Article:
08 Nov / Tears in the Darkness: The Story of the Bataan Death March and Its Aftermath by Michael Norman and Elizabeth Norman
In the book’s opening pages, the “Authors’ Note,” explains the title – ‘tears in the darkness’ is a literal translation of the Japanese kanji for anrui, “the kind of pain and sorrow that, literally, cannot be seen.” But beyond the explanation is a warning against war: “It is true that some men – men of greed, ambition, or raw animus – love war, but most, the overwhelming number who are forced to bear arms, come home from the killing fields and prison camps with anrui, ‘tears in the darkness.’”
The New York University husband-and-wife professor team of Norman and Norman spent 10 years researching on three continents – the U.S., the Philippines, and Japan – to create this historical tome that ultimately feels like an overwhelmingly convincing treatise against war.
At the center of some 450 pages of tragic history is Ben Steele, a young cowboy from rural Montana who enlisted in the army on his mother’s advice. He thought he might like to go to California, might like to see the world; not yet 23, Steele became a private in the U.S. Army Air Corps in October 1940. A year later, Steele was stationed in Manila, Philippines … where his odyssey of deprivation, starvation, and torture would begin. In April 1942, the U.S. lost control of the Philippine Islands to the Japanese Army, forcing 76,000 American and Filipino soldiers to surrender, and marking the single largest defeat in U.S. military history. Only a fraction of those prisoners would be alive at war’s end.
Remarkably, against all odds, Steele survived the Bataan Death March, the degrading prisons, transfer via slave ships to Japan, and slave work camps … all while weakened by starvation, disease, dehydration, beatings, and endless hard labor. He watched too many around him die, tortured, lost, murdered, and abandoned. Words cannot describe what Steele endured, and the miracle of how he came home, and learned to live life again as a caring, nurturing, lucky human being.
Weaving detailed World War II facts and history with Steele’s personal stories, the Normans also give voice to the so-called ‘enemy,’ offering substantial testimonies of Japanese soldiers and officers, who were also victims of an unforgiving system of brutal patriotic loyalty.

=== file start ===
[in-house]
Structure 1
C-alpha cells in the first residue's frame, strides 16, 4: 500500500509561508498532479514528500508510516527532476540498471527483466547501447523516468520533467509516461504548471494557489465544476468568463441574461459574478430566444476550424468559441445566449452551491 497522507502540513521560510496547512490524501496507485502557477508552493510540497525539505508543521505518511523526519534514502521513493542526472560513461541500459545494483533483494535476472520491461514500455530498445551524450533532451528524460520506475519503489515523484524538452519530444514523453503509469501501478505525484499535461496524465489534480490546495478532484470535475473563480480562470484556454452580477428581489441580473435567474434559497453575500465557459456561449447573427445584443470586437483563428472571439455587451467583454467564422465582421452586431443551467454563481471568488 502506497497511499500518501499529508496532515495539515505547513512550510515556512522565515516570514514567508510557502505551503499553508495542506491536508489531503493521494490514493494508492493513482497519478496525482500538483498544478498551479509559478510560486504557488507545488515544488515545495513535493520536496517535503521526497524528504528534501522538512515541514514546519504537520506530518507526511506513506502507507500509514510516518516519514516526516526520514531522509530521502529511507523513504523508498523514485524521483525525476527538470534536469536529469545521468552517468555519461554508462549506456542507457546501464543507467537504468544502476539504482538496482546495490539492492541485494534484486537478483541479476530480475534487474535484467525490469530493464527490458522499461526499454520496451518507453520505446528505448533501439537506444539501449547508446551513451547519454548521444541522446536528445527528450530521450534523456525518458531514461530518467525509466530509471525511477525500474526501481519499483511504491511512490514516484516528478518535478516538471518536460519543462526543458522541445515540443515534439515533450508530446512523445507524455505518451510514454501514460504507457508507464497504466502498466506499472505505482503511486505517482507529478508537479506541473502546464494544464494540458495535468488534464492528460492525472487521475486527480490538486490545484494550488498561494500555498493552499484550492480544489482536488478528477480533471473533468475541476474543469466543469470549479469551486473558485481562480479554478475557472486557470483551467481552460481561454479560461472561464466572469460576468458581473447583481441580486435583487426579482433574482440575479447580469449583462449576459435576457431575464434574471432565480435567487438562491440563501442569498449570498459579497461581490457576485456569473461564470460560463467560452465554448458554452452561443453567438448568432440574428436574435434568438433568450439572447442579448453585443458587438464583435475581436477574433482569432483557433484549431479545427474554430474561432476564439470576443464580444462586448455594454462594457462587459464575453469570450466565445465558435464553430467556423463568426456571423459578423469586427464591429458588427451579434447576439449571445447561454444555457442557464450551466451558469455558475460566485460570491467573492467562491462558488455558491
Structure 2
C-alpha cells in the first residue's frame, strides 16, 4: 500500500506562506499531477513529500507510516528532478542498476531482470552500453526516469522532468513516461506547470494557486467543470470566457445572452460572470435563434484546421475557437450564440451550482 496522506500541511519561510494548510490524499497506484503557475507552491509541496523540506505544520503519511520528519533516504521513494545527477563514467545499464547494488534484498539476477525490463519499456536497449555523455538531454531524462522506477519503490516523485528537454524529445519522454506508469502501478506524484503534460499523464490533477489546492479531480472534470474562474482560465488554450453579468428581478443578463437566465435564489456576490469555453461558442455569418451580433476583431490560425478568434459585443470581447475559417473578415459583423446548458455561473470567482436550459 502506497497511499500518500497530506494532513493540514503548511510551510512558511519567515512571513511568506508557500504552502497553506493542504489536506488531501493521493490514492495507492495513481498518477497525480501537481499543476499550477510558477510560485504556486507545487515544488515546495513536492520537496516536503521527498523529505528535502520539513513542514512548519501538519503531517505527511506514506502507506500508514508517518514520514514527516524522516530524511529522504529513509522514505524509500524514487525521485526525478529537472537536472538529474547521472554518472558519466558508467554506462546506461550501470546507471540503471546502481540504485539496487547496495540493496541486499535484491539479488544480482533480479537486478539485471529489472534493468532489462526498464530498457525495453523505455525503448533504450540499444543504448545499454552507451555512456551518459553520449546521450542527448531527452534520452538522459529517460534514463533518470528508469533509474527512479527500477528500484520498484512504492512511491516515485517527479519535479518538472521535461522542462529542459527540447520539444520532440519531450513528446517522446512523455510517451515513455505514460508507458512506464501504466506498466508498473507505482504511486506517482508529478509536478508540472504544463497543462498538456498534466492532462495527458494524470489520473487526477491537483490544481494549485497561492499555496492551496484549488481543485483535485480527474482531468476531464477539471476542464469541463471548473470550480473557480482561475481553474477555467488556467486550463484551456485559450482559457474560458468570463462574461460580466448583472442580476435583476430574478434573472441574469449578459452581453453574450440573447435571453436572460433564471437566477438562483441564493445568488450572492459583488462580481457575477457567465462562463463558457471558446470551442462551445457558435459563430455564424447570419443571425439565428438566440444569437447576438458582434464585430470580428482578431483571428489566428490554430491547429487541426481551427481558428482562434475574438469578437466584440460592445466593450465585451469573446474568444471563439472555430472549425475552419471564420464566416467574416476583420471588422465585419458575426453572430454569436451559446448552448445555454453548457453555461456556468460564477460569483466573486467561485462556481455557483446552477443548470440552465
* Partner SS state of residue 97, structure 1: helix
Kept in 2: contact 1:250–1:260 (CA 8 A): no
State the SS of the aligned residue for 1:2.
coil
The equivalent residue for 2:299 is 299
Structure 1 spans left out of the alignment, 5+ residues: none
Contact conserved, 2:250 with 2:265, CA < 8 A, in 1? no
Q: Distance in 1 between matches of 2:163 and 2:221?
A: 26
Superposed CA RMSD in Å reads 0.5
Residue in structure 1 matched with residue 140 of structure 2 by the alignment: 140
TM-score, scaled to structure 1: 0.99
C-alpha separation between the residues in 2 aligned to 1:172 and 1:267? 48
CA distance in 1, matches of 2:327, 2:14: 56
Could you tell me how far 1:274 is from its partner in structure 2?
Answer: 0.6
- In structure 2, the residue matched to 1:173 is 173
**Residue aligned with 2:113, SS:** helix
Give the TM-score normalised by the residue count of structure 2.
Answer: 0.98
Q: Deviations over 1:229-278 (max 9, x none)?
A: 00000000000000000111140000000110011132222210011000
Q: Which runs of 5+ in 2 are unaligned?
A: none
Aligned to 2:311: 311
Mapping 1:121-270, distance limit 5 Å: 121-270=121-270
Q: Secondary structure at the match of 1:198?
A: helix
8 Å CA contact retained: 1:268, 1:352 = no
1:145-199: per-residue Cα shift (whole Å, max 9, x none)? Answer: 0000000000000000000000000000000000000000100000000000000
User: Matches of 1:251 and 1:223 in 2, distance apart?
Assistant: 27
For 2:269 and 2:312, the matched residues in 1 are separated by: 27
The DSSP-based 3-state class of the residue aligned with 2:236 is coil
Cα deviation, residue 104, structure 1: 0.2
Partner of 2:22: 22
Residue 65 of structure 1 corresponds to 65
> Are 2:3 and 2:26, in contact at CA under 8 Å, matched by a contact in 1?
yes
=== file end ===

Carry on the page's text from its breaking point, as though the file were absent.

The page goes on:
The Normans continue to follow Steele’s life decades after the war, most poignantly including his experience as an art professor to a young Japanese American student whose parents spent World War II in U.S. prison camps by order of President Franklin Roosevelt’s Executive Order 9066 which imprisoned some 120,000 Americans of Japanese descent without due process. Decades after the death and destruction, student and teacher learn to make a lasting peace.
A note of advice: Tears is a book to be read, not listened to. The paper book includes dozens of haunting sketches made by Ben Steele that memorialize his experiences – and through the decades, helped him stay sane (and human). These certainly should not be missed.
To listen, alas, proves to be a painful experience, not for the book’s graphic dehumanizing content which is certainly difficult in any form, but because of the annoyance over what can only be labeled as irresponsible laziness. Again, why can’t a recording team call ONE native speaker of a non-English language to get the proper, consistent pronunciation of foreign words? Millions of people speak Japanese. Millions speak Tagalog and other Filipino dialects. Okay, maybe TWO phone calls??!!
With the achingly detailed translation work the Professor Normans did across the world (in Japan alone, they had a “nearly flawless” simultanous translator on site, and then had the recorded interviews/translations checked back in the U.S. by a doctoral candidate and NYU Japanese instructor!), they must be cringing at the recorded version of their decade-long efforts! So skip the 17-plus-hour commitment … do make sure to pick up the real book instead.